Infertility in the Media – Outlander

The Outlander books are a favorite of mine as the love child of my two favorite genres, science fiction and historical fiction. Only when I finished all the massive books (including the Lord John tangent, don’t skip those!) did I let myself watch the Netflix show. For more personal reasons than most, I’m forever grateful that Diana Gabaldon insisted the screenwriters include the scene where Jaime gets introduced to his sperm and IT DID NOT DISAPPOINT. SPOILERS: Jaime finds Claire at the microscope and takes a peek at the cells she has on her slide. He is fascinated to see the “germs” she keeps telling him exist, but didn’t expect them to be live and wriggling all over the place. Smugly, Claire informs him that these are not in fact germs but “male seed” (in the book Jaime, startled, responds “spunk?” which in my mind is the best line and should never have been cut). He then asks her where she got them from to which she replies “I woke up in possession of them this morning.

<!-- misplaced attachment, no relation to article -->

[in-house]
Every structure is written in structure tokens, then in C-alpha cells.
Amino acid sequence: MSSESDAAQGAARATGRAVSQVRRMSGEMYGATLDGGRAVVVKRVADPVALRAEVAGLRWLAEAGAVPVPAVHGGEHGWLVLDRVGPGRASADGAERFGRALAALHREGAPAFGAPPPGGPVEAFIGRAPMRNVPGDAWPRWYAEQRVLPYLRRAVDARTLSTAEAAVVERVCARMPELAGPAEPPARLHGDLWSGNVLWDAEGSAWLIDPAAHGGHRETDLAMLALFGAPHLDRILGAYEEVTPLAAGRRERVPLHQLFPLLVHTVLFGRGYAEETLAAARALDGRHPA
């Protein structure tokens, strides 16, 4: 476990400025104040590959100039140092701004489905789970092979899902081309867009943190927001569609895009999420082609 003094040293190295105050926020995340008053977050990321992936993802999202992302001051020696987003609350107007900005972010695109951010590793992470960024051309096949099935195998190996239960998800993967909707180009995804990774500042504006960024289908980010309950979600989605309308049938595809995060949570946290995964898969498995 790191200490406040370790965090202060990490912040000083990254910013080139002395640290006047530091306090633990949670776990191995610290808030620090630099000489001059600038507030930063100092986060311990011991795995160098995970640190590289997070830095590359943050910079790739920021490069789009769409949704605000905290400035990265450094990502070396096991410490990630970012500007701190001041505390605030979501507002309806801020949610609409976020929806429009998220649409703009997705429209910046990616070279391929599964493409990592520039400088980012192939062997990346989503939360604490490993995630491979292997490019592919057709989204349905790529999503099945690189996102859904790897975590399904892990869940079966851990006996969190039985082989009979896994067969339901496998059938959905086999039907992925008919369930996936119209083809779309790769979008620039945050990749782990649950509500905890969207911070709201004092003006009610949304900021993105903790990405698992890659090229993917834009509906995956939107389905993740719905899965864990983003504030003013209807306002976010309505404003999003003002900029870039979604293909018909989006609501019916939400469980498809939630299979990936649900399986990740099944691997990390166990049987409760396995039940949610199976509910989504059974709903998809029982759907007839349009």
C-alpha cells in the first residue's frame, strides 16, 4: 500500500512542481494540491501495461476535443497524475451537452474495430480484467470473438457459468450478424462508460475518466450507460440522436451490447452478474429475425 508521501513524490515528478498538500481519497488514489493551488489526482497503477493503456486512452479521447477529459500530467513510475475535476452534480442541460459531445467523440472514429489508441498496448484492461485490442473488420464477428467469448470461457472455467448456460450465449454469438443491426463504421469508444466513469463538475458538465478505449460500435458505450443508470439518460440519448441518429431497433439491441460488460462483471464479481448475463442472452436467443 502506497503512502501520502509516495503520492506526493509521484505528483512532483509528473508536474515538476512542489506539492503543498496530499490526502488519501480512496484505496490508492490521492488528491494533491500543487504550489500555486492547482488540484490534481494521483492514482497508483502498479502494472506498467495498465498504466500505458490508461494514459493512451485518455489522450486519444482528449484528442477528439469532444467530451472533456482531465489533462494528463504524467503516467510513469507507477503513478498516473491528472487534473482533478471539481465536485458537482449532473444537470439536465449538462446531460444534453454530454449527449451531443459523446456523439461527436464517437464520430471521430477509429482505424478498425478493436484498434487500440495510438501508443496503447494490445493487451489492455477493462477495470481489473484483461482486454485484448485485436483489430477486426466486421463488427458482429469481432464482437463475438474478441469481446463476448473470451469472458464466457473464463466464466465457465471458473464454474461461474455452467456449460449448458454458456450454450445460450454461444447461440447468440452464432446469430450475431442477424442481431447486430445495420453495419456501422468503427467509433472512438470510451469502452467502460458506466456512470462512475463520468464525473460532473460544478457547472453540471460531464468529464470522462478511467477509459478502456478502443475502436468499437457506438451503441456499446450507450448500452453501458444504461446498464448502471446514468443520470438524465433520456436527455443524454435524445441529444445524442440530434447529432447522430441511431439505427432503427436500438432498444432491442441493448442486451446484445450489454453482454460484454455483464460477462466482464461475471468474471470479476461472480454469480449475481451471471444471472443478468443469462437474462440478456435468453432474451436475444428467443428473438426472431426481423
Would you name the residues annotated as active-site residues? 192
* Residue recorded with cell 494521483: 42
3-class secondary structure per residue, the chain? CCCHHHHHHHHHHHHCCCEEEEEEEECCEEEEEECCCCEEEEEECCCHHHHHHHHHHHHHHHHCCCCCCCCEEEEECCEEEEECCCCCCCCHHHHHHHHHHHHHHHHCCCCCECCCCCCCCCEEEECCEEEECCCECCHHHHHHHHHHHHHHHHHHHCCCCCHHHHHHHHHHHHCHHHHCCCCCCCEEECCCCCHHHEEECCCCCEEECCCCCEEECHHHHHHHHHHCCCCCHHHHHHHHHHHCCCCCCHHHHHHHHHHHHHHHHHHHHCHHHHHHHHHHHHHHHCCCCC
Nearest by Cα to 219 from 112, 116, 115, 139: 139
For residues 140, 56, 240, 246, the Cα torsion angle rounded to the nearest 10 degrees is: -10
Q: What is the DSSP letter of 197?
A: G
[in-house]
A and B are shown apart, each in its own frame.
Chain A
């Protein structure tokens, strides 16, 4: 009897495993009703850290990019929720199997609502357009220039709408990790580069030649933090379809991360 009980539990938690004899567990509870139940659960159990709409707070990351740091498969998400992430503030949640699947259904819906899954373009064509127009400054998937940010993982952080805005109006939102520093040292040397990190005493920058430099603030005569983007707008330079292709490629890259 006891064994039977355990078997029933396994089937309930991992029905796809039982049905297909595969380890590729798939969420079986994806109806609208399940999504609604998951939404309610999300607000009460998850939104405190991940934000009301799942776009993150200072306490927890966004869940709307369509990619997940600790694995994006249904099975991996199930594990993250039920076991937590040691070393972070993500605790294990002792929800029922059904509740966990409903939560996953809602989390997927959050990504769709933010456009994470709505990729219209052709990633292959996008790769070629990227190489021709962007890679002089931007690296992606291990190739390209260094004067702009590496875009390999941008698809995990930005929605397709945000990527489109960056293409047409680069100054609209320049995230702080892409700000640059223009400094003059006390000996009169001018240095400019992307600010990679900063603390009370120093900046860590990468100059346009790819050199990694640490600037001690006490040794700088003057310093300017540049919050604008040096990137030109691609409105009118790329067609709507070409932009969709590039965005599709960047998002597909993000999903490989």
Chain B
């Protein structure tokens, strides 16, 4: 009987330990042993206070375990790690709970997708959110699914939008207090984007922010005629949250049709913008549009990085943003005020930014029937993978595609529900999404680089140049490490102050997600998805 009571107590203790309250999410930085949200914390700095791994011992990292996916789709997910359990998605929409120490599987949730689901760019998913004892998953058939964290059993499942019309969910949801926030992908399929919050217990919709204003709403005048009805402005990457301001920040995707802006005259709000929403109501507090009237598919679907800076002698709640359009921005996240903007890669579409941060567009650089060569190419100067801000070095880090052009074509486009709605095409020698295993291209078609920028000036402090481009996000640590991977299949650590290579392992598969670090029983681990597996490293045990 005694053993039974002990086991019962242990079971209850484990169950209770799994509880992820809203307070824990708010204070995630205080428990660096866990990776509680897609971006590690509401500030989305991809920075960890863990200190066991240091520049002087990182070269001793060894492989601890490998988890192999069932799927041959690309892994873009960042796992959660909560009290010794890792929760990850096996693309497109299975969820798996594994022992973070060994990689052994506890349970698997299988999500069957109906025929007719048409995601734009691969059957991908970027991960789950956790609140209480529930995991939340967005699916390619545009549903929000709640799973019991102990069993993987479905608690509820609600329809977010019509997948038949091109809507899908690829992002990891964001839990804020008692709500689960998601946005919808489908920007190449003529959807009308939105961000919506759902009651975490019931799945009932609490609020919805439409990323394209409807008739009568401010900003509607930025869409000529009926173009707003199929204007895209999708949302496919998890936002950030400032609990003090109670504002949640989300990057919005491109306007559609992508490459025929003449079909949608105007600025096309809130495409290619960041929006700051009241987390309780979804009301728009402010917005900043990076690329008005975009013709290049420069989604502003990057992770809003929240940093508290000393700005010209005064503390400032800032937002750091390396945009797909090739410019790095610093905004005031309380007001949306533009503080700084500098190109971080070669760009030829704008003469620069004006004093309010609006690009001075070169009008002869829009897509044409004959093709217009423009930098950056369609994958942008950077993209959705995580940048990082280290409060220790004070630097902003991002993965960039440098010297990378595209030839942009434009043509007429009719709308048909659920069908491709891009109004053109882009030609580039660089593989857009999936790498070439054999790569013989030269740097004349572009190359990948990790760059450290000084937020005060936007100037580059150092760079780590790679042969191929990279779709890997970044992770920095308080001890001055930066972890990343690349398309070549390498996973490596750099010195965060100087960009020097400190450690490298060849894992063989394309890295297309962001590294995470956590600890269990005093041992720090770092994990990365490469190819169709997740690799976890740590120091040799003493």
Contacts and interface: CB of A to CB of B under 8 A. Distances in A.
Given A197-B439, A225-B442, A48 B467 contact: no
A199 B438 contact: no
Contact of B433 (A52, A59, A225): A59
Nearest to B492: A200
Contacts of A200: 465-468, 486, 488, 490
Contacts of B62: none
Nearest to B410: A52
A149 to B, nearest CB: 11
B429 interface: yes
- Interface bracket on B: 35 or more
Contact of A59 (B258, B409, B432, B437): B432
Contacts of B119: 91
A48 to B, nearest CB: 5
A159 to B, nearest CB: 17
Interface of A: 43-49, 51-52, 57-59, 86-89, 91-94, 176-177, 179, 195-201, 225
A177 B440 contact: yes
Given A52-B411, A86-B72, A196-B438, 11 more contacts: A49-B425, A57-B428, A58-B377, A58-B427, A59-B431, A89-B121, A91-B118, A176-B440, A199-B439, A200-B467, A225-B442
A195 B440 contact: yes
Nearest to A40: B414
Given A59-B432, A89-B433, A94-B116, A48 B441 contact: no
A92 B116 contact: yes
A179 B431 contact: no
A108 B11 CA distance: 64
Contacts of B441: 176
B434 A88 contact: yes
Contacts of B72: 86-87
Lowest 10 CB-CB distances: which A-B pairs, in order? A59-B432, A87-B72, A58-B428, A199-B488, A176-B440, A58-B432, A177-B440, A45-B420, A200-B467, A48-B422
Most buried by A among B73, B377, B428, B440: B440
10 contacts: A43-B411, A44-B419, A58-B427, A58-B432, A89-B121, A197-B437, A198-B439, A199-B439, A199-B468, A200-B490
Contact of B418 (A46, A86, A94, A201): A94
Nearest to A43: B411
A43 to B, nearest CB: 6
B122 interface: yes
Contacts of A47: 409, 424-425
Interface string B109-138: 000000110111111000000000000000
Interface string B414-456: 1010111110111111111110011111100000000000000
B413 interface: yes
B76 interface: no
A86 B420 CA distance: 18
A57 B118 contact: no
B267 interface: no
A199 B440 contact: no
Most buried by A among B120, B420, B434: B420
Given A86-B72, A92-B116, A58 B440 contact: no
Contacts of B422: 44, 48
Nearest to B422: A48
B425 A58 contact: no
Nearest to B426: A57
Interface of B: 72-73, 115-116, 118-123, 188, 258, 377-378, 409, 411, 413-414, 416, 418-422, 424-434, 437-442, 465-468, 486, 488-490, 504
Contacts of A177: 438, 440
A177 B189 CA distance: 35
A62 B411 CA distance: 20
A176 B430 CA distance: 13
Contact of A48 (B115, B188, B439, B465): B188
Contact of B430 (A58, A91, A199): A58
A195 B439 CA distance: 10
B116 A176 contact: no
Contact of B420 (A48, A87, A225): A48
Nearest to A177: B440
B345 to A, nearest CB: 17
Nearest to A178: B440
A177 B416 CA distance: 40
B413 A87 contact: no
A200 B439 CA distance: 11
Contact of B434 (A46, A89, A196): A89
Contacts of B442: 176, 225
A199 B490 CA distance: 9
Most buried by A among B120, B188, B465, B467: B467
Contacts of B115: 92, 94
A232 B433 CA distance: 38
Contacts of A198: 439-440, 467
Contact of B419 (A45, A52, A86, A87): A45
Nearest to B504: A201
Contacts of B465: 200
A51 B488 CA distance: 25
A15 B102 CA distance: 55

The microscope Claire has in the 1760s is a monocular model, which gives a very basic flat image in a narrow viewing field, relying on the natural light in the room. It was almost 100 years later before a practical binocular microscope was developed, which is what is used for semen analyses today. The binocular microscope, by using both eyes together, allows the image to be viewed with depth in a much larger viewing field. This along with the addition of a targeted light source allows for the addition of phase contrast or fluorescent lenses that give us the ability to see fine details on the sperm, such as the acrosome, cytoplasmic inclusions, and “craters.”

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